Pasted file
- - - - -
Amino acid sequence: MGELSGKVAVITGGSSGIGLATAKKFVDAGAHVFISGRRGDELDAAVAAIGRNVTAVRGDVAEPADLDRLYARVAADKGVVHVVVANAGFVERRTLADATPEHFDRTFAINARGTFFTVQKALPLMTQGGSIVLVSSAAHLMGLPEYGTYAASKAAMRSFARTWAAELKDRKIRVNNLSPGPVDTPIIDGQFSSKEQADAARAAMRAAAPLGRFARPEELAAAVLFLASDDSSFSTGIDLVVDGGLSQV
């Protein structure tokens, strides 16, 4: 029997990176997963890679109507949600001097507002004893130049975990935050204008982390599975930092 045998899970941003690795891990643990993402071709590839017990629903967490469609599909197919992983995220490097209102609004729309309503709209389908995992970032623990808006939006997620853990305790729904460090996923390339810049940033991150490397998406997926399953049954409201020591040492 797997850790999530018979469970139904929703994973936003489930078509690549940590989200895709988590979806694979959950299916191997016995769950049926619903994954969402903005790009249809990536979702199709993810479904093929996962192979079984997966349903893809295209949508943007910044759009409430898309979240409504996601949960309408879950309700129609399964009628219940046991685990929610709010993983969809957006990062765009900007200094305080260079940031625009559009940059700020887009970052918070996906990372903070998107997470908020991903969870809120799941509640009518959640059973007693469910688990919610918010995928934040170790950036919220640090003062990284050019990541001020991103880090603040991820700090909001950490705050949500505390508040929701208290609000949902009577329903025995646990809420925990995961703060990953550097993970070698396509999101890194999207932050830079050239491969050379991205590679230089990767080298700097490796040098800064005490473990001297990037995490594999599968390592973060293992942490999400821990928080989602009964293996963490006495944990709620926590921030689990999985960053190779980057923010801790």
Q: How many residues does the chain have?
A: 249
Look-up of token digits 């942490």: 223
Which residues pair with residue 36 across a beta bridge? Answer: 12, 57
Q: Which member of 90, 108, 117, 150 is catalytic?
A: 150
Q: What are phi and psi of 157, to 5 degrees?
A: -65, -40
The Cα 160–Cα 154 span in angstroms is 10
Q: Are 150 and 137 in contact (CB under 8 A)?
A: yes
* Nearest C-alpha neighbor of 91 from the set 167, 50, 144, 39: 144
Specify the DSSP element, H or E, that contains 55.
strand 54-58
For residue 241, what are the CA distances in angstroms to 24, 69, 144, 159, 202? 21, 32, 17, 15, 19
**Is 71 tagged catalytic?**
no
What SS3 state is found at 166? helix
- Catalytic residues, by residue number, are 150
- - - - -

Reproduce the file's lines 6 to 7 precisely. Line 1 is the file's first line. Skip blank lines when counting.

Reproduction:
Which residues pair with residue 36 across a beta bridge? Answer: 12, 57
Q: Which member of 90, 108, 117, 150 is catalytic?